Please be aware of scams that can affect investors.
The value of investments and the income from them may go down as well as up and investors may get back less than the amount invested. The tax benefits relating to ISA investments may not be maintained. Please refer to the Key Facts documents contained in the ISA/Share Plan Brochure & Application form for general and specific investment risks attaching to the individual trusts.Read the detailed Risk Warning
Past performance is not a guide to future results.
See latest monthly factsheet below for performance history.
At close 18-Jun-2013Ord
|Net Dividend Yield||5.30%|
Source: Morningstar, NAV = Net Asset Value, excluding income.
Bow Bells House
One Bread Street
Registered in England as an Investment Company Number 386561
To provide for shareholders a high level of income, together with growth of both income and capital from a portfolio of investments substantially invested in UK Equities
In this webcast, Ed Beal gives an update on a wide range of subjects including performance, analysis of the listed equity in the portfolio, the twenty largest investments and an outlook for the trust
April witnessed a continuation of the trend of positive returns from equities. The index has now surpassed the level achieved in 2007 prior to the onset of the financial crisis. Macroeconomic news flow was limited during the month. Chinese growth continued to slow and this again manifested itself in declining commodity prices and falls in the shares of the mining companies. Indeed copper fell to its lowest level for 18 months and at one point the oil price fell below $100. There was also a precipitous fall in the gold price in the middle part of the month and this has only partially recovered.
Growth remains elusive across Europe. Indeed the region is now expected to deliver another year of contraction during 2013. Prospects are a little brighter for the domestic economy, where Q1 GDP was 0.3% and hence the much feared “triple dip” recession was avoided.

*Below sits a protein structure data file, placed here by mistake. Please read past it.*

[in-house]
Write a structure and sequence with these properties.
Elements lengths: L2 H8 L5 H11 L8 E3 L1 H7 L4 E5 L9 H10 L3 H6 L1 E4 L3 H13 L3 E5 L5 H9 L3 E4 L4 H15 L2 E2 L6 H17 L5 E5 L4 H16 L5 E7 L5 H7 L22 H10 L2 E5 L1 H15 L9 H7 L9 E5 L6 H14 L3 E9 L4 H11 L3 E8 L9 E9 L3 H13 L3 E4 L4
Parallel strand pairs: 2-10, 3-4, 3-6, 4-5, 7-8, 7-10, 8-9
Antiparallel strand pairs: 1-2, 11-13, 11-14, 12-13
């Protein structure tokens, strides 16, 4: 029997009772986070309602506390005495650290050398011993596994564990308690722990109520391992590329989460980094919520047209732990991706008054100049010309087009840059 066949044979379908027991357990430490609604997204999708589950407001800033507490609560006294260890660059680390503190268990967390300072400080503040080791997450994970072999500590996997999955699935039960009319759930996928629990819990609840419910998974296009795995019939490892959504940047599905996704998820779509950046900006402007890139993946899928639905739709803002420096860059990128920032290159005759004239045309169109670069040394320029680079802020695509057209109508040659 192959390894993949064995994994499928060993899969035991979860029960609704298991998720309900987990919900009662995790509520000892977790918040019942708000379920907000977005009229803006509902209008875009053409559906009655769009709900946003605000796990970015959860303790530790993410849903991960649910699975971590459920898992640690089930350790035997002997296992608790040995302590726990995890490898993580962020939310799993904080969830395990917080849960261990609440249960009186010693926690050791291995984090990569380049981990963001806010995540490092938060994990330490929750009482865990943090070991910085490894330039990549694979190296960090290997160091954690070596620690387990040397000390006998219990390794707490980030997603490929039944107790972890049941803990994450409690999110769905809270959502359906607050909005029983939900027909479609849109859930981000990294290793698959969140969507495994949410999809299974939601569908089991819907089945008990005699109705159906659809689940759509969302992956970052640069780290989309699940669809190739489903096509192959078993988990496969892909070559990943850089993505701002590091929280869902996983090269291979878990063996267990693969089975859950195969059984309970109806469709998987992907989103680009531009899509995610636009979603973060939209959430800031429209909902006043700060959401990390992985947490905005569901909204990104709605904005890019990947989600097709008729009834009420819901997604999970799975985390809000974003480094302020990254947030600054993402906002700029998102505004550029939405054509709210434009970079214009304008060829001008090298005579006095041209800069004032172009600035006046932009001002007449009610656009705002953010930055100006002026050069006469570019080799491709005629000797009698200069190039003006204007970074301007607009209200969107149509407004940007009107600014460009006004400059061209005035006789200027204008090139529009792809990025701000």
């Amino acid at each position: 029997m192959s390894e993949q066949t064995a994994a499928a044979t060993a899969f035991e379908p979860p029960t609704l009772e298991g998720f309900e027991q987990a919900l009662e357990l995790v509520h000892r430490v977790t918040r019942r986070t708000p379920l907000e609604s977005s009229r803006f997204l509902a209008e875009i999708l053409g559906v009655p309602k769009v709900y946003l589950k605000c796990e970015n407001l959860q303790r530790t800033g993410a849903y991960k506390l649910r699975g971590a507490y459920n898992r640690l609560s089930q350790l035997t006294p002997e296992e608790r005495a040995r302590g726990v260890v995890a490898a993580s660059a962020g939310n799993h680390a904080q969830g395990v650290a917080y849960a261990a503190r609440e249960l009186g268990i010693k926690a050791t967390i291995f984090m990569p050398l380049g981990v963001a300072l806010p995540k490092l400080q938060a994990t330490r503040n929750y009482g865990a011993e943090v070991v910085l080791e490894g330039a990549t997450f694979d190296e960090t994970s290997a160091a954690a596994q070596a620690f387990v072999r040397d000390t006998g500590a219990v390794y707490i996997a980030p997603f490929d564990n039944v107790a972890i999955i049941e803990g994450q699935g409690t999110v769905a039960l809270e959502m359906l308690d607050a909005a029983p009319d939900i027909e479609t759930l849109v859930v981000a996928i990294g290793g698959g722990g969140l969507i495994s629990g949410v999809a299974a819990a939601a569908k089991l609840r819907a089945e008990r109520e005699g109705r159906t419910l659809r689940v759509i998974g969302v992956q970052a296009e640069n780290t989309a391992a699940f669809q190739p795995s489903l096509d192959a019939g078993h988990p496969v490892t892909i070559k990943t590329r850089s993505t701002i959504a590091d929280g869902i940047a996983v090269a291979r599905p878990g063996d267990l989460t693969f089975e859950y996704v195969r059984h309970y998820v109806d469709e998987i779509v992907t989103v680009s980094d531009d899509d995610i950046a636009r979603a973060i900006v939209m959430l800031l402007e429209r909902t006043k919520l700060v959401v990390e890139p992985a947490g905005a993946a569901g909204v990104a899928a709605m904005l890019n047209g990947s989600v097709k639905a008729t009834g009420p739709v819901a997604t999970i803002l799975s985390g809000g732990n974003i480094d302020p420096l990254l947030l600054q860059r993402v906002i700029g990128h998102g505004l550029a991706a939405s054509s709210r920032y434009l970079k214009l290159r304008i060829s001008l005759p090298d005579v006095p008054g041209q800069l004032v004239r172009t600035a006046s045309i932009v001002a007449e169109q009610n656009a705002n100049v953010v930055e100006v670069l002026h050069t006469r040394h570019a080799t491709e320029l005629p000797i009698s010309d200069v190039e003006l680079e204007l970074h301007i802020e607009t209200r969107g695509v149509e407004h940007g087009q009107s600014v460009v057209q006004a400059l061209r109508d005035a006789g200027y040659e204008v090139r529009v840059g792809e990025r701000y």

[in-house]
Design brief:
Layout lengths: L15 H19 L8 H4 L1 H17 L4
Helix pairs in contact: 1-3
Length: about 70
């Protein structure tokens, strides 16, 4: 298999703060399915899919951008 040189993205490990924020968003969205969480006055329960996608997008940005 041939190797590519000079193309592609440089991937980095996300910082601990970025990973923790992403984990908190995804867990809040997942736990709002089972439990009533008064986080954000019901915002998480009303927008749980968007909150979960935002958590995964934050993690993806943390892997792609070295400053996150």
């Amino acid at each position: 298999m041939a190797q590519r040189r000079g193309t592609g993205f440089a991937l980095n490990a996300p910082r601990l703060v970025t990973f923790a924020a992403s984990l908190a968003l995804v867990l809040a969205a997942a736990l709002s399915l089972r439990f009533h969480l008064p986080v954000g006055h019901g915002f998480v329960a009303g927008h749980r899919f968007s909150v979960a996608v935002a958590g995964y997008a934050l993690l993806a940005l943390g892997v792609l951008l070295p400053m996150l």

Given our long term approach to investing it is often the case that on a month by month basis there is only limited activity in the portfolio. This month we have taken advantage of the weakness in the mining companies to both buy a little more BHP Billiton and to write some puts on the shares. We also sold some puts on Standard Chartered and HSBC.
Much has been written this year about the “great rotation”, that is the idea that asset allocators will increasingly recognise the attractions of equities relative to fixed interest valuations. It is the case that many fixed interest instruments appear very fully valued and that as a consequence equities appear to offer good relative value. However, many equities have rerated, in some cases significantly and therefore it is more difficult to argue that equities represent good value from an absolute perspective.
There are reasons to be positive. Amongst these is the continuing recovery in the US. Unemployment is now at its lowest level for four years and consumer confidence is increasing despite the impact of sequestration and the removal of certain income tax cuts.
2013 has witnessed greater activity in capital markets. This has manifested itself in an acceleration in the rate of IPO’s and also secondary market offerings. Such activity is at least in part, a function of confidence. Were that confidence to permeate management teams as well then allied with what are generally strong balance sheets it is conceivable that merger and acquisition activity might pick up.
However, it needs to be remembered that corporate profit margins are at or around peak levels. That means earnings growth will in the main, have to come from sales growth. The global macro-economic environment means that there is therefore a heightened risk of earnings disappointment; this is particularly the case for companies with a second half bias to their profit expectations. Any disappointment could be harshly treated when one considers the re-rating that many companies have experienced. Recovery in the US would be expected to become more difficult as sequestration really bites and further austerity measures seem likely if there is to be agreement on the debt ceiling negotiations.
The European debt crisis is unresolved. The OMT remains untested, indeed its real strength lies in that fact. If bond investors begin to lose confidence in the authorities’ ability to protect the Euro we could find ourselves back in the midst of a crisis. Nothwithstanding the above, we believe that the best way to navigate through this difficult background is to continue to invest in good quality companies with the potential to deliver growth over the medium and long term. Allied with sound balance sheets that provide protection throughout the economic cycle.